After a local historian warned that Colonial relics might be lost in the construction of a $50 million apartment complex downtown, the state’s top fossil-finder announced he will step in.
Nicholas Bellantoni, the state archeologist, said Friday he has reached an agreement with Centerplan development, the company that’s putting up the building at the corner of College and Crown Streets.
“We have reach a cooperative agreement with them for me to monitor activities and recover and record any artifacts,” Bellantoni said in an email message.
Bellantoni’s monitoring comes after local historian and artist Rob Greenberg announced his theory that the construction zone could contain a cache of archeological treasures from New Haven’s colonial era. Greenberg sought access to the site to recover any artifacts unearthed in the excavation.
Centerplan’s Robert Landino told Greenberg that he couldn’t accept the legal liability of having Greenberg onsite.
Landino said Friday that Bellantoni contacted him after news of Greenberg’s theory broke in the Independent. “We met with him on Wednesday,” Landino said. “There’s simply no way we could have accommodated Mr. Greenberg, so we wanted to make sure we were taking every step to ensure that there was nothing that was significant to be recovered.”
Bellantoni inspected the site on Wednesday and is “working with Centerplan to develop a strategy of recording and gathering information in order for the development project to continue to move forward,” according to a release from Centerplan. Bellantoni will visit the site over the next several weeks and “provide guidance” for the rest of the project.
Landino said his crew has found about a half-dozen old bottles that it turned over to Bellantoni. “Anything we say that looked like an artifact we removed.”
“My field review suggests that the artifacts and structural features encountered thus far date to the late-19th and early 20th centuries,” Bellantoni said in his email.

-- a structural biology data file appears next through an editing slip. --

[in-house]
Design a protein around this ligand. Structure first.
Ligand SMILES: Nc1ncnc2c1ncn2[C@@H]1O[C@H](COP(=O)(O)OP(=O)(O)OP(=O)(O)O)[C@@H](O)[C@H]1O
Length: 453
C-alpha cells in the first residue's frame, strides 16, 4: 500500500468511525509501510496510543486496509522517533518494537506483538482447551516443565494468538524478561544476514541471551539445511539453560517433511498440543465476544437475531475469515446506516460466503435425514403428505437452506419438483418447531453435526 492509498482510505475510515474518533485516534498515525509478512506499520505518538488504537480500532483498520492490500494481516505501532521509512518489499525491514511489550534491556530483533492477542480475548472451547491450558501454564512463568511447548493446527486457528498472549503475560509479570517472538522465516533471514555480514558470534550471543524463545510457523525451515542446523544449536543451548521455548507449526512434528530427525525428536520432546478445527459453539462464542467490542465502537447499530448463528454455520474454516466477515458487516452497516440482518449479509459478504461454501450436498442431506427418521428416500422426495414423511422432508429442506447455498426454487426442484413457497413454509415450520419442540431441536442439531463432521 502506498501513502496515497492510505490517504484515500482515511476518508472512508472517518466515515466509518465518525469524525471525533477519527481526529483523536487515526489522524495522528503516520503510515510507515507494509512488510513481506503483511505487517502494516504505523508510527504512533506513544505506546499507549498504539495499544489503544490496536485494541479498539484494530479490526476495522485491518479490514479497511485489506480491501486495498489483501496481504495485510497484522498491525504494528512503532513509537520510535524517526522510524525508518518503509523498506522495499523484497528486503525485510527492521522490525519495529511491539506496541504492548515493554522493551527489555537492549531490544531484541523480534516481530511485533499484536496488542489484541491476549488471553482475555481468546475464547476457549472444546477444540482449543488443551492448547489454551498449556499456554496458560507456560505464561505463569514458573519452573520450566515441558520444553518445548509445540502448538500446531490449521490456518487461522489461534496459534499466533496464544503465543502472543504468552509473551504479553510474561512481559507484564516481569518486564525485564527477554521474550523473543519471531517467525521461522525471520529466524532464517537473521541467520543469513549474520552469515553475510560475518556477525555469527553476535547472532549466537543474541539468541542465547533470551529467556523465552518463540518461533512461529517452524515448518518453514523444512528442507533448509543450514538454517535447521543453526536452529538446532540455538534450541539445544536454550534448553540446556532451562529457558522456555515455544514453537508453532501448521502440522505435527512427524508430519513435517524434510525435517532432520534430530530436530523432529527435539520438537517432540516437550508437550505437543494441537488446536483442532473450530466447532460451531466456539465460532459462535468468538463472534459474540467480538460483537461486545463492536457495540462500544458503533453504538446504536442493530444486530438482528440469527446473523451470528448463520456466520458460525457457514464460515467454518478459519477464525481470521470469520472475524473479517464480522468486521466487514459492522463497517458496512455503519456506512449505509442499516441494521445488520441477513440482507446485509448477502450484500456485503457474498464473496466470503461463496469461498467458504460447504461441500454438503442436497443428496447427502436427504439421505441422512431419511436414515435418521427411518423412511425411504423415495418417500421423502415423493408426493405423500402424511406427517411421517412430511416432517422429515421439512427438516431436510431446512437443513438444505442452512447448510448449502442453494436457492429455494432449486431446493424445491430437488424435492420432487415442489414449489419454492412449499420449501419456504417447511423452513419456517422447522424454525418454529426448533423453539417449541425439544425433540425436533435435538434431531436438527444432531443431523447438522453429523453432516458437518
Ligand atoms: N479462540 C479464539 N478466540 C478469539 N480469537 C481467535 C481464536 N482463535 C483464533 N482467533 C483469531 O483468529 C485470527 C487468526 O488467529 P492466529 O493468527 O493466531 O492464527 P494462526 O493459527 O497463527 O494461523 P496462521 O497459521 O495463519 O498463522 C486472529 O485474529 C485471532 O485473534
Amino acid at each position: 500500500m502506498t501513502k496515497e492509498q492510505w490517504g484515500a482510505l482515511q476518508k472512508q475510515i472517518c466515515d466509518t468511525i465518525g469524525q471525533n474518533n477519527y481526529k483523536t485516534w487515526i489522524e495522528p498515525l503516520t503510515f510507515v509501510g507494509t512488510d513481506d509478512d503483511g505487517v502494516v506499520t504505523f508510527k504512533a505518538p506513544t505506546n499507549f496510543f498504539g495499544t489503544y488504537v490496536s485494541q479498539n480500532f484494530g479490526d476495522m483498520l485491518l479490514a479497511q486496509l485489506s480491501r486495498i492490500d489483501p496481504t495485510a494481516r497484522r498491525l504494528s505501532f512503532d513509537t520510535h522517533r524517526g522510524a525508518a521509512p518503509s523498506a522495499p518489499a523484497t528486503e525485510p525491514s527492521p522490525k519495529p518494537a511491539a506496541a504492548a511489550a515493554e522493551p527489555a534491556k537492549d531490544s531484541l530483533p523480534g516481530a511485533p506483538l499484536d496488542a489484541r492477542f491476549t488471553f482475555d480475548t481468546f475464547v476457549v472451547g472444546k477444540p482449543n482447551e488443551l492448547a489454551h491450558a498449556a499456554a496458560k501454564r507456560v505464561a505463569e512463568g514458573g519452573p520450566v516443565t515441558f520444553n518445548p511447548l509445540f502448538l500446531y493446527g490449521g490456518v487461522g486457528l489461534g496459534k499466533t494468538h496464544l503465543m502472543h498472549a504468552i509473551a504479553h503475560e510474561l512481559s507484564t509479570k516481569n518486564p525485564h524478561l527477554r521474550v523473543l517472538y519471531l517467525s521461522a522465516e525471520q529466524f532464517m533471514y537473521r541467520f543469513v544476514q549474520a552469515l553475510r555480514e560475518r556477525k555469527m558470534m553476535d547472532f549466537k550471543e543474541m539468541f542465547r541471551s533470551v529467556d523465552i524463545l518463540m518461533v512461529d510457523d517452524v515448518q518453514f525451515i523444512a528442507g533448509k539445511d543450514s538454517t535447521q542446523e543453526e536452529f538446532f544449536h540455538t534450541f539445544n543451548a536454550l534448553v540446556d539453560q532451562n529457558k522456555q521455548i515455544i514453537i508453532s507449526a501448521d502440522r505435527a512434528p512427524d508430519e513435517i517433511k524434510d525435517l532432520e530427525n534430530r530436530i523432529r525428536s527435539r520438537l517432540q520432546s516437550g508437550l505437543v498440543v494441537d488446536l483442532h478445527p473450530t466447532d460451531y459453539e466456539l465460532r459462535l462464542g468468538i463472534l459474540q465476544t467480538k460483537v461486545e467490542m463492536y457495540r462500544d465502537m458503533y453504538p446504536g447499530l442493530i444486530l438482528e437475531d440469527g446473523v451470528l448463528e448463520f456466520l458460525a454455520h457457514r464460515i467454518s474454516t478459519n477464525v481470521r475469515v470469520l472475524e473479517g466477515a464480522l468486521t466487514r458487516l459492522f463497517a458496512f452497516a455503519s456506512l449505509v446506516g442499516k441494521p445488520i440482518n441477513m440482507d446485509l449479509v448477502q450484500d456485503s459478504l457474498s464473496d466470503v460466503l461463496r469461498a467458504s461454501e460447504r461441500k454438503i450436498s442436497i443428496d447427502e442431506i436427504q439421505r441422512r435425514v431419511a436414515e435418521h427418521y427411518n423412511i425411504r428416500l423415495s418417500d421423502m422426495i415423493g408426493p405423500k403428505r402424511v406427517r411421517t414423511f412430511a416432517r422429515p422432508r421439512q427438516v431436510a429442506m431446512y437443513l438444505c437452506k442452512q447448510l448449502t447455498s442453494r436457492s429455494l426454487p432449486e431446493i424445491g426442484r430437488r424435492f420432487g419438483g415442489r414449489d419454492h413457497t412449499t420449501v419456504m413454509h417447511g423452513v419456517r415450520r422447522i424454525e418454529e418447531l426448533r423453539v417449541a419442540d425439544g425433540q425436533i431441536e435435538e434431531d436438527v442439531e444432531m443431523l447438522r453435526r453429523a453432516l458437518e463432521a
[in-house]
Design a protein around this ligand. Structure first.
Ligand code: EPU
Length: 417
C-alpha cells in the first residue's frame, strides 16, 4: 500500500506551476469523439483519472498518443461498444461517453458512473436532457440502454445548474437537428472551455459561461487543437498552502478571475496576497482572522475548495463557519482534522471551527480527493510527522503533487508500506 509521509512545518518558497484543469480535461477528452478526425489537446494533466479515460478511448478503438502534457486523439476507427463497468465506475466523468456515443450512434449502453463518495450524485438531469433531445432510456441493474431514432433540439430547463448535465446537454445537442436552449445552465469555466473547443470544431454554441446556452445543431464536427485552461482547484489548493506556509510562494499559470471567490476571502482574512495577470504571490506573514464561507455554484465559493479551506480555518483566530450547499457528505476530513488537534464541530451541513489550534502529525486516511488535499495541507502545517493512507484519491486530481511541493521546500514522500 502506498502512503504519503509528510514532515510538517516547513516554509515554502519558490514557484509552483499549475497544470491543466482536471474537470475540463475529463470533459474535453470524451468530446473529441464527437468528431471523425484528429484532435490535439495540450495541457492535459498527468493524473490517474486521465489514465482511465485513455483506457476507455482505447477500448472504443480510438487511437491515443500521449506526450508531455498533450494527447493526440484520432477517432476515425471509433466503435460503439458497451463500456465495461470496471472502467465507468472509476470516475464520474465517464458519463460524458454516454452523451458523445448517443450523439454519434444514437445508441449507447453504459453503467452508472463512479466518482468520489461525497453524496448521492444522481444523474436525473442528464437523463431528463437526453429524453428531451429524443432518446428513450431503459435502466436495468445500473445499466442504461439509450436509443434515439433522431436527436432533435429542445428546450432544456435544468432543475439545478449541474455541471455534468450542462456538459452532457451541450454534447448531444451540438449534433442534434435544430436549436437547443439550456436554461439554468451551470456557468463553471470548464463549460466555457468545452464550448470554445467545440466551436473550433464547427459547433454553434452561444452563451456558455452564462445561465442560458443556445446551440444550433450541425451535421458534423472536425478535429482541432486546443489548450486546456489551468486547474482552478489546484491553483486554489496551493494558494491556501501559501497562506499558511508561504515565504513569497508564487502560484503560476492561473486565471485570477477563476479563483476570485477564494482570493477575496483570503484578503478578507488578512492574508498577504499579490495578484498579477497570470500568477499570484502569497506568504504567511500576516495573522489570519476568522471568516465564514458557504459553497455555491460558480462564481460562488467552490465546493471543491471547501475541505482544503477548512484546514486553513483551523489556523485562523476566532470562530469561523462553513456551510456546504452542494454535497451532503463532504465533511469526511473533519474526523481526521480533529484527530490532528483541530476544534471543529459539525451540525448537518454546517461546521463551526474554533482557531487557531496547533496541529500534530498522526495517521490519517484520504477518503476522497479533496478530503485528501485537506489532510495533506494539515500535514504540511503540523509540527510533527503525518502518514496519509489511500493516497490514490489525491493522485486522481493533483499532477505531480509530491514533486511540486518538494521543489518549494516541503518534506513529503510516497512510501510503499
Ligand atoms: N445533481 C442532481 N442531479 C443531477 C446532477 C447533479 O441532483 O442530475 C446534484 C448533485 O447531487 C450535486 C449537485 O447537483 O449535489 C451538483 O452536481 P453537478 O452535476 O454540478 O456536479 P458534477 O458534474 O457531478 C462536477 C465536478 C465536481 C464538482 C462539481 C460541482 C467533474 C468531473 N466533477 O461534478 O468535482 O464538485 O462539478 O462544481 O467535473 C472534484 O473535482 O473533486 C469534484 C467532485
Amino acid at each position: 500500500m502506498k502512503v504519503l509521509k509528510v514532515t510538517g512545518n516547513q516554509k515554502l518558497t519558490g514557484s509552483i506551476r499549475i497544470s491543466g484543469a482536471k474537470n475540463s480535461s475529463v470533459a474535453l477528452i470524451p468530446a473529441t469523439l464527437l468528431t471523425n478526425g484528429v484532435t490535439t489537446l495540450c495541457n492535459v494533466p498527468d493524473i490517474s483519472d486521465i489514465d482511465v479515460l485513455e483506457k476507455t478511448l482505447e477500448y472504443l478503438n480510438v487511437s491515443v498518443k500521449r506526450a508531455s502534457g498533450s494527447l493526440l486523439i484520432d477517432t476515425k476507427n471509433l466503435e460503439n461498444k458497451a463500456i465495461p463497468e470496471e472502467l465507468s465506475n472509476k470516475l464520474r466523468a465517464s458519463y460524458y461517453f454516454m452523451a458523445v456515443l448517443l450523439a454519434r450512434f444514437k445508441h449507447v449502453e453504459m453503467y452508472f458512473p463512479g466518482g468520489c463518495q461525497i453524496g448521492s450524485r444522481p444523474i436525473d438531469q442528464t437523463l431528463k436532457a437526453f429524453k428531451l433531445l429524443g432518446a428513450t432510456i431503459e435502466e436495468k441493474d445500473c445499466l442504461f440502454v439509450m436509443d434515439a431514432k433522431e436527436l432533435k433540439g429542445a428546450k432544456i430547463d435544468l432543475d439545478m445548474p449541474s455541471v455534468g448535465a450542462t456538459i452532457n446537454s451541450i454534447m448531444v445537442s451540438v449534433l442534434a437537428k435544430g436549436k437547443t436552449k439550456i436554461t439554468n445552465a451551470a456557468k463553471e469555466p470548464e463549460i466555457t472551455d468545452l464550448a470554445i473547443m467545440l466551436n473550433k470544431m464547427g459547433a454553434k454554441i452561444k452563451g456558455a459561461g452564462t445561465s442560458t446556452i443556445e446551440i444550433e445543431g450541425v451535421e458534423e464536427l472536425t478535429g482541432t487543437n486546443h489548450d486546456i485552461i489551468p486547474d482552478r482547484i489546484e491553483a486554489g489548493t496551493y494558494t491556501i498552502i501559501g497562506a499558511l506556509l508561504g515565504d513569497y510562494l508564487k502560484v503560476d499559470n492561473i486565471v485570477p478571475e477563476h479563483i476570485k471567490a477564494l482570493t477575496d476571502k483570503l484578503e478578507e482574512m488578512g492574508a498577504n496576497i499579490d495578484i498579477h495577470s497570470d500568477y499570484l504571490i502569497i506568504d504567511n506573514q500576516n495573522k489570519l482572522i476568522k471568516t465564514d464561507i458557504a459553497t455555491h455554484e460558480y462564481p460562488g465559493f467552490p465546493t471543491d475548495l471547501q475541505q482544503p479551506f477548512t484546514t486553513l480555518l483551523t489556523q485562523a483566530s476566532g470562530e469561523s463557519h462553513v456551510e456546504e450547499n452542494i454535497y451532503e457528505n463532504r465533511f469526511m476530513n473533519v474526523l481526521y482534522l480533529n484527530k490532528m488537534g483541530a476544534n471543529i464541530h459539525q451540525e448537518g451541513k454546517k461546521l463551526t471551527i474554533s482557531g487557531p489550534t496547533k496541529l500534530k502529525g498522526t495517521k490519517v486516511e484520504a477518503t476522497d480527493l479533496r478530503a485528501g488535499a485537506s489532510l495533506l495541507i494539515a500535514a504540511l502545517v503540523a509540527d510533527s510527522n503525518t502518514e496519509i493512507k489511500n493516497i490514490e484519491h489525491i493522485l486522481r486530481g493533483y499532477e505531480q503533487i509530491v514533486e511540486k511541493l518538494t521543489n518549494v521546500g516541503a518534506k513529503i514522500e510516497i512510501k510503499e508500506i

Landino said he’s not sure exactly how Bellantoni will proceed with his monitoring operation. “It’s up to him. He said he was going to be back in early May.”
Bellantoni couldn’t be reached for further comment.
“He’s not doing and archeological investigation,” Landino said. “We’re just being careful and mindful.”
Greenberg welcomed the monitoring, but said he’s still concerned that artifacts will be lost.
“It’s very positive that Nick is coming into the site and I applaud Centerplan and Bob Landino for allowing that investigation to happen now,” Greenberg said. “I’m a little cautious to how much in-depth study can be done. He’s probably not going to be able to conduct a real archeological dig.”
“Are they just suppressing attention by saying he can be there? It’s really a matter of how much activity when something is found they’ll allow Nick to have.”
Greenberg said his main concern is the educational opportunities that may be lost if relics are lost. “It really boils down to the students of New Haven. Whatever is found there—especially in the shadow of the arts and humanities school—is for the students.”